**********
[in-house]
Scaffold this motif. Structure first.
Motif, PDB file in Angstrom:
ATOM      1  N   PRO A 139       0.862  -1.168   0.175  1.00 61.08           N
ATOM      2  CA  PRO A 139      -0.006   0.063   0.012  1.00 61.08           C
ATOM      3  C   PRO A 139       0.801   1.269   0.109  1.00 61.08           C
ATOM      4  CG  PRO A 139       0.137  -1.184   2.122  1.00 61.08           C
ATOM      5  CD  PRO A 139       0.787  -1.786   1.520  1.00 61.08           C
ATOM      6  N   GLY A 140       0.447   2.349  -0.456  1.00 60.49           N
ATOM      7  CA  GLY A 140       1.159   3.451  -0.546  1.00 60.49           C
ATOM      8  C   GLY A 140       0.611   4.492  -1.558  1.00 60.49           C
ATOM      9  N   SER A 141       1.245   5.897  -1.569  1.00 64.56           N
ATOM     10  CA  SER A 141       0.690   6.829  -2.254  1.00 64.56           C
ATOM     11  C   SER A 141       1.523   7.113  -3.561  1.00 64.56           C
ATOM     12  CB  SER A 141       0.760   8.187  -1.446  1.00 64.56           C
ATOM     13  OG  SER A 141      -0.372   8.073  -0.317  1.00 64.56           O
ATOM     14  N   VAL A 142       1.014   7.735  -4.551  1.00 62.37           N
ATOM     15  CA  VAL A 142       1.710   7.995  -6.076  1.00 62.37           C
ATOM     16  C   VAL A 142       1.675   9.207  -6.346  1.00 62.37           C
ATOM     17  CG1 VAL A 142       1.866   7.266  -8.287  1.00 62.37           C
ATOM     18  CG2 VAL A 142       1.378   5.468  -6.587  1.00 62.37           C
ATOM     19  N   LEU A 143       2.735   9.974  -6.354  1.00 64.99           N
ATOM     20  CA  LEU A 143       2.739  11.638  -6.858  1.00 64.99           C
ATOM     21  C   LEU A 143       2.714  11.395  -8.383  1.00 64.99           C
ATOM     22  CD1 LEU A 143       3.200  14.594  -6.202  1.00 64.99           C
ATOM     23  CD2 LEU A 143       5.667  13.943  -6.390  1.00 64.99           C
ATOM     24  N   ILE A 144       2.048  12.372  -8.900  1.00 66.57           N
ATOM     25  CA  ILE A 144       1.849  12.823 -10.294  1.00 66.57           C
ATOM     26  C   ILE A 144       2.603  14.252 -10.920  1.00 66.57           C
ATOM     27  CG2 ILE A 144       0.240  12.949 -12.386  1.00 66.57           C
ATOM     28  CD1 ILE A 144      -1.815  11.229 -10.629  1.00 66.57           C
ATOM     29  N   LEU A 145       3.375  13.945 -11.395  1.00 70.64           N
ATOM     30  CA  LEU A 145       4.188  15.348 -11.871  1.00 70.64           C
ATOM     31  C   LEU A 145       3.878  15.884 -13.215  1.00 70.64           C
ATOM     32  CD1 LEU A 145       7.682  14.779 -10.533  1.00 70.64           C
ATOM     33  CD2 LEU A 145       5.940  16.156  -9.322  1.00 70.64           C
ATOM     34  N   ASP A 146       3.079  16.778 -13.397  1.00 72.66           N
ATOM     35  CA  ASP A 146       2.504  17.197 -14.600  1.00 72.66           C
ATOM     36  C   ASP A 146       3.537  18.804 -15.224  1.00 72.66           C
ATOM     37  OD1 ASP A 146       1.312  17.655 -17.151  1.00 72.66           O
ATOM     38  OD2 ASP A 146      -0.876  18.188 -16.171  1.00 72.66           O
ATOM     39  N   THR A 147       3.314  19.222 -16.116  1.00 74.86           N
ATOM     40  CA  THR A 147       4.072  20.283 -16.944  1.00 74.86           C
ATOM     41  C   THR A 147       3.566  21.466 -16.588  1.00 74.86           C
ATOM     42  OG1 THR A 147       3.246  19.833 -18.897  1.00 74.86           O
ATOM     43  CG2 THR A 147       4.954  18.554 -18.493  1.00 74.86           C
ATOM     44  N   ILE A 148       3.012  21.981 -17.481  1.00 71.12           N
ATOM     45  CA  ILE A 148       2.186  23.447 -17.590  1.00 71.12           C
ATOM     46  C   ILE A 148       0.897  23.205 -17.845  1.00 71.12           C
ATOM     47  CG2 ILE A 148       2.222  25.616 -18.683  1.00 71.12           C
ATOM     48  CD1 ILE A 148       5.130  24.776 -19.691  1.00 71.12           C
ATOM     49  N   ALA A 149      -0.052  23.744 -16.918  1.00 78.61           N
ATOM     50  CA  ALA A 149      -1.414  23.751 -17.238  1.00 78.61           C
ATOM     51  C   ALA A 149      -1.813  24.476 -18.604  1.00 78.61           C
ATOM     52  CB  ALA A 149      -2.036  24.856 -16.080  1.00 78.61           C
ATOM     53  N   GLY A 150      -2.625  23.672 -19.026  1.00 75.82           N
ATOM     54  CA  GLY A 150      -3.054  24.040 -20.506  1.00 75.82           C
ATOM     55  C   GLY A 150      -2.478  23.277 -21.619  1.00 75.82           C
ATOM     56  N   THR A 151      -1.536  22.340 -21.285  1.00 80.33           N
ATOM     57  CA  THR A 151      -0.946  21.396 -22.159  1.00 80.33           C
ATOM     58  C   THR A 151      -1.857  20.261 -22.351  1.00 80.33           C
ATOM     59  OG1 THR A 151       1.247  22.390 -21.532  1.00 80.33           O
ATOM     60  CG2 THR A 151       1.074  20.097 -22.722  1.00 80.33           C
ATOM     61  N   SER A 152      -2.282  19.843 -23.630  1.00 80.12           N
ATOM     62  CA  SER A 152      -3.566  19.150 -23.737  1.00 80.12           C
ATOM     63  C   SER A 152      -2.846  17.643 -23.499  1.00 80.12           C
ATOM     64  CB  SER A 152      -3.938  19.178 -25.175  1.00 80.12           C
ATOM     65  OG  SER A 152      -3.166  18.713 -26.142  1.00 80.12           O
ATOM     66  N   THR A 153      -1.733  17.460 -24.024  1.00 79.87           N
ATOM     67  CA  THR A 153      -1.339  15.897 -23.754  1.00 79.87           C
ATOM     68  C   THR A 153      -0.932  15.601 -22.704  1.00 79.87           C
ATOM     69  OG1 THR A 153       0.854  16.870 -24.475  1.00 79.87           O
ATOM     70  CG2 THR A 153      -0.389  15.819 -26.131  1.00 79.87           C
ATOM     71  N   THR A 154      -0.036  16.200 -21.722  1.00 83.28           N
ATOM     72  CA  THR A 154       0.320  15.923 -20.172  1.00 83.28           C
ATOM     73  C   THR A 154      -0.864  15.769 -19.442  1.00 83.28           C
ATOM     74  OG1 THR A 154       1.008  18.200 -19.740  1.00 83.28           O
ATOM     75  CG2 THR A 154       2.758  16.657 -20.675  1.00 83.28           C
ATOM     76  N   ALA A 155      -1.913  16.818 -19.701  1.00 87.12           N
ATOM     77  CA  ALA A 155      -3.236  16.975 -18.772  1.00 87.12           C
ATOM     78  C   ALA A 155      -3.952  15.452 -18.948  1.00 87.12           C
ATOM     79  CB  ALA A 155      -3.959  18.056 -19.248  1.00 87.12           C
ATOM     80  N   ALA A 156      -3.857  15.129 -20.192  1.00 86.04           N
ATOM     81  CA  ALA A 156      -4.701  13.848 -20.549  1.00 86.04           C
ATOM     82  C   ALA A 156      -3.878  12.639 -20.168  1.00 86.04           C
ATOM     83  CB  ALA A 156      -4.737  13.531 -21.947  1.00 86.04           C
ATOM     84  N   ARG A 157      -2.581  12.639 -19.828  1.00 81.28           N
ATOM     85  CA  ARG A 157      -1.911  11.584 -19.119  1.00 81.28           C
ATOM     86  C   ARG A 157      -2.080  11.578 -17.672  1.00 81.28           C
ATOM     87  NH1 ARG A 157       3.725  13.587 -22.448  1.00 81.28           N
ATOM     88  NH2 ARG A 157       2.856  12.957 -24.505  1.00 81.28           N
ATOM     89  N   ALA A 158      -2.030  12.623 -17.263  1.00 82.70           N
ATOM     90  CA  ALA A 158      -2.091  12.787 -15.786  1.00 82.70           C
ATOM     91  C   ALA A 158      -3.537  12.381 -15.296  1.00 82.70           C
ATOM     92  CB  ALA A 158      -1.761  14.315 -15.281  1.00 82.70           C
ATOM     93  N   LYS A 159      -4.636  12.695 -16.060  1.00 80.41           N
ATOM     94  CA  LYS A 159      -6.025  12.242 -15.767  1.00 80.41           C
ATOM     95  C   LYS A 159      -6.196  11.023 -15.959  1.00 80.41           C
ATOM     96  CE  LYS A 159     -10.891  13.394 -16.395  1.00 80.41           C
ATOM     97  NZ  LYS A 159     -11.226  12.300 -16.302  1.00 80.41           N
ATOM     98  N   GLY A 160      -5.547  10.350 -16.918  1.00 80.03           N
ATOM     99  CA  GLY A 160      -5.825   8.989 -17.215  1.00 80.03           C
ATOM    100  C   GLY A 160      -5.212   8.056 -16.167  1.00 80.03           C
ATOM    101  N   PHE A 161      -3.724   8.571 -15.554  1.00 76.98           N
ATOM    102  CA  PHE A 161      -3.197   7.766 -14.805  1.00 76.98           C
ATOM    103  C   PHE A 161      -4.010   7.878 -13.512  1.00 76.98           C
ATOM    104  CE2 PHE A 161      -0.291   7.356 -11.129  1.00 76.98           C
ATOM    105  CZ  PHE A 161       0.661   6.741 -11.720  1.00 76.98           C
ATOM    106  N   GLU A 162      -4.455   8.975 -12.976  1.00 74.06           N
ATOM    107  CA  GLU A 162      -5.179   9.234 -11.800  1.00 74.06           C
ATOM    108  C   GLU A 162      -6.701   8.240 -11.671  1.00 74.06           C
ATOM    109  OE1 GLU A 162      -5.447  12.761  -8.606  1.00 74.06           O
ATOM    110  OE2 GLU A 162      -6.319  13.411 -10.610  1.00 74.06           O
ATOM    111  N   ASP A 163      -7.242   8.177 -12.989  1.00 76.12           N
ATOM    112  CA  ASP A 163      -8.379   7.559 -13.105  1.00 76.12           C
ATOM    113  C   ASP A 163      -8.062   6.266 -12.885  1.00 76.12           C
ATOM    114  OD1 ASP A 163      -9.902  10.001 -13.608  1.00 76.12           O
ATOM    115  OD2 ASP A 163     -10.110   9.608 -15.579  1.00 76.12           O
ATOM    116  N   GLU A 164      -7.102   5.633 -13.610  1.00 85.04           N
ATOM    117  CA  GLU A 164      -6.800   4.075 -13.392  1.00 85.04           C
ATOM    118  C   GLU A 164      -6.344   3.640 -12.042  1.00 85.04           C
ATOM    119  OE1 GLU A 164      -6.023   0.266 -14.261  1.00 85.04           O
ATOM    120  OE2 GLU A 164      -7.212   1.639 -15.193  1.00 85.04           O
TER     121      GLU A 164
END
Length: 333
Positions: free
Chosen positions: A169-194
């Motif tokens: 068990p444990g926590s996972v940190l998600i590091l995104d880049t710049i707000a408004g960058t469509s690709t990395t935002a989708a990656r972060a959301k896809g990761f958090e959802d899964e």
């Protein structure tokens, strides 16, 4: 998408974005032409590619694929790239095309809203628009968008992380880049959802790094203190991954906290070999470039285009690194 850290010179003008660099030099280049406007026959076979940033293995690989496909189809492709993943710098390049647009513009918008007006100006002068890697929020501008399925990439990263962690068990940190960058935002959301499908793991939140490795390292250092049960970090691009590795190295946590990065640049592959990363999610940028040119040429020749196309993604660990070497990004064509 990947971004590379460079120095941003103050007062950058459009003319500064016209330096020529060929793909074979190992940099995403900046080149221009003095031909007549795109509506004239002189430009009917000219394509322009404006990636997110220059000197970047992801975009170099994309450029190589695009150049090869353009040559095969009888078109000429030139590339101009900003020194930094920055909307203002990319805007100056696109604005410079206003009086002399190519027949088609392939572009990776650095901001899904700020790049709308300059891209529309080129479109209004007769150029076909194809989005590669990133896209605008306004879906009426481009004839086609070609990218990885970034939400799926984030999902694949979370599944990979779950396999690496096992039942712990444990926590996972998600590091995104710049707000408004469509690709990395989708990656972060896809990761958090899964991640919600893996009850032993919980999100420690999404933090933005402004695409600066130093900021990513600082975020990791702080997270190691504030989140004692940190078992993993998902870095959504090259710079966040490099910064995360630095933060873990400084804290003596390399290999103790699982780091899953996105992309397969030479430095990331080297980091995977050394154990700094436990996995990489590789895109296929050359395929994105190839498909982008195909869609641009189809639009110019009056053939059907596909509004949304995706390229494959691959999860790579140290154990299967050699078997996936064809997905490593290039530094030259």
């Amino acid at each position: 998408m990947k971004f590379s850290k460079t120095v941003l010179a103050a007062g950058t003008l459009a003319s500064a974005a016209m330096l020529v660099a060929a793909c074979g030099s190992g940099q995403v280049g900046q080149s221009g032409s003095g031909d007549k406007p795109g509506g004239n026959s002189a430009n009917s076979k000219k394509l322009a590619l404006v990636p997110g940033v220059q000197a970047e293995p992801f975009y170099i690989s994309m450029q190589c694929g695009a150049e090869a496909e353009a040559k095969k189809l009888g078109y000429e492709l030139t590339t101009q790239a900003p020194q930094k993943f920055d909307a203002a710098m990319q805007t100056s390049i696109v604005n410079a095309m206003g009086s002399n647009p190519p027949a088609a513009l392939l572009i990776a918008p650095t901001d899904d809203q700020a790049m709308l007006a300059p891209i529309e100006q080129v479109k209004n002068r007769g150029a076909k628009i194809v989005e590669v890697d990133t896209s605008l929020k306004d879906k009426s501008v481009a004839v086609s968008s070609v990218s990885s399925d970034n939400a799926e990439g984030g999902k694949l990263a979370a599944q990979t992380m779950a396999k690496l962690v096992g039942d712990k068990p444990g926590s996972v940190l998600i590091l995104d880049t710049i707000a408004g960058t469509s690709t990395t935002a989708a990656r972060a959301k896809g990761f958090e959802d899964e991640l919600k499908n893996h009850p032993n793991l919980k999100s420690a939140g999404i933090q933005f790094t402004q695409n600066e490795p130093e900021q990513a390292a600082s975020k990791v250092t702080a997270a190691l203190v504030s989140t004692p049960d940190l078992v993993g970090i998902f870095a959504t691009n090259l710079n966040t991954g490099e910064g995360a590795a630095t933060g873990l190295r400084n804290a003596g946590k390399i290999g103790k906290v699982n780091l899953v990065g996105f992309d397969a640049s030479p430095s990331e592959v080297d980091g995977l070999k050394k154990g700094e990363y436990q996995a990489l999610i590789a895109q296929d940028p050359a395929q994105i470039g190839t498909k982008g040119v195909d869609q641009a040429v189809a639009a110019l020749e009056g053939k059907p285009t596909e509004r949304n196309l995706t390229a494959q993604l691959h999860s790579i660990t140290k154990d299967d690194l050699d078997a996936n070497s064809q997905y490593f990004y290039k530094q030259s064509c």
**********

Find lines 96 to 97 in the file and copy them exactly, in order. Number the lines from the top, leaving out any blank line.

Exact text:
ATOM     93  N   LYS A 159      -4.636  12.695 -16.060  1.00 80.41           N
ATOM     94  CA  LYS A 159      -6.025  12.242 -15.767  1.00 80.41           C